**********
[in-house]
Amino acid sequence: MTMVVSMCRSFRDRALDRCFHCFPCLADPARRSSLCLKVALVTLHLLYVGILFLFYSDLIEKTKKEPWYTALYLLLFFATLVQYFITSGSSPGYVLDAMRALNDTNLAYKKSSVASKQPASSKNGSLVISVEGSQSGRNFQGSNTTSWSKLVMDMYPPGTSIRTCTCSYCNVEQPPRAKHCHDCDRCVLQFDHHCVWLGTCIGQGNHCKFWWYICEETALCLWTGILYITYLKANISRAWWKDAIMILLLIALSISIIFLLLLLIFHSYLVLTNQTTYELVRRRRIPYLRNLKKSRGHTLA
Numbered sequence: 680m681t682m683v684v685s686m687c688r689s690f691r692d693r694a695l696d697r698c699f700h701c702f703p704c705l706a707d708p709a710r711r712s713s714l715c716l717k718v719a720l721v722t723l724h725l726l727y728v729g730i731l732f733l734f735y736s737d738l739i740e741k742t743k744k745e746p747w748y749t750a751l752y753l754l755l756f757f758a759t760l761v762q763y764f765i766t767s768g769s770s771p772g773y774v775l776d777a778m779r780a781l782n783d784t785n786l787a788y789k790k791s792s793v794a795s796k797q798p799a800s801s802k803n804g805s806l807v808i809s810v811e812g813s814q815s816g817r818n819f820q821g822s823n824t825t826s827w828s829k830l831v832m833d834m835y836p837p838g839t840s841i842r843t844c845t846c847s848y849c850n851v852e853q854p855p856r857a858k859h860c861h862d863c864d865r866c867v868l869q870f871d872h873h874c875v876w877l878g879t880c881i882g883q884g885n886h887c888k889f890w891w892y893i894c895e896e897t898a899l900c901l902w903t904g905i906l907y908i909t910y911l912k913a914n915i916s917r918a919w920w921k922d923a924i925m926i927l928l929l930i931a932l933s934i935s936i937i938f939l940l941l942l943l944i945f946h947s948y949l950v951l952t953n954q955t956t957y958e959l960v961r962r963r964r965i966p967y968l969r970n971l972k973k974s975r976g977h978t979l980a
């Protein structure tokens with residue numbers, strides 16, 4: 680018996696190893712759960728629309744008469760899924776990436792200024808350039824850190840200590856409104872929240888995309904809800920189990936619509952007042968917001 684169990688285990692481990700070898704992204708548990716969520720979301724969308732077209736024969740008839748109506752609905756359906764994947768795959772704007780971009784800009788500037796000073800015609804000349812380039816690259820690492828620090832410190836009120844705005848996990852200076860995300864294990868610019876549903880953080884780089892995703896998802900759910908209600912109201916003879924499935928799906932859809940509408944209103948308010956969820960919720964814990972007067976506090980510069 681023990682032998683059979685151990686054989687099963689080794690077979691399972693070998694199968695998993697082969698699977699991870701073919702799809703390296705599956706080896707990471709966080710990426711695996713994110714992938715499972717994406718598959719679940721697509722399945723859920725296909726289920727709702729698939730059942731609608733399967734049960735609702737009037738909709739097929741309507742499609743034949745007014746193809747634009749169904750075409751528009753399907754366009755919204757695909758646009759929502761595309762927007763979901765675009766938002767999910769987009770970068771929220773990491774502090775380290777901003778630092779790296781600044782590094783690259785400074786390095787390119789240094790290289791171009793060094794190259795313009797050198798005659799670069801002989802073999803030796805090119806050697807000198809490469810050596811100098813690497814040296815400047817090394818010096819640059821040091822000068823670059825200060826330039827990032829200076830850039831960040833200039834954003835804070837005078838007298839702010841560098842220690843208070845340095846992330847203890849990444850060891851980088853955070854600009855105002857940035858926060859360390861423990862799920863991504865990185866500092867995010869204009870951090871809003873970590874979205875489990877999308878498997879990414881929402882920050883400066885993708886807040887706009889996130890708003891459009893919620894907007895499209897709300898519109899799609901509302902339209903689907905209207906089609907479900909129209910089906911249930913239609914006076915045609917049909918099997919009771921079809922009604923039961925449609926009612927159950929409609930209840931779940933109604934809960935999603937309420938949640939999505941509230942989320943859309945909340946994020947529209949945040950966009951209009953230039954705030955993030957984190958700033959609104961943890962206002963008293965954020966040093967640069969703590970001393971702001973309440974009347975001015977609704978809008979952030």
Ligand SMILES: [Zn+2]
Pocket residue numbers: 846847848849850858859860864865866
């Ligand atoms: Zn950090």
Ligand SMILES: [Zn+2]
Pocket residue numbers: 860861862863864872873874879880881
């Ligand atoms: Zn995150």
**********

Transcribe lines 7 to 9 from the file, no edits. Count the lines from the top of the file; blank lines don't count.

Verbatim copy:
């Ligand atoms: Zn950090």
Ligand SMILES: [Zn+2]
Pocket residue numbers: 860861862863864872873874879880881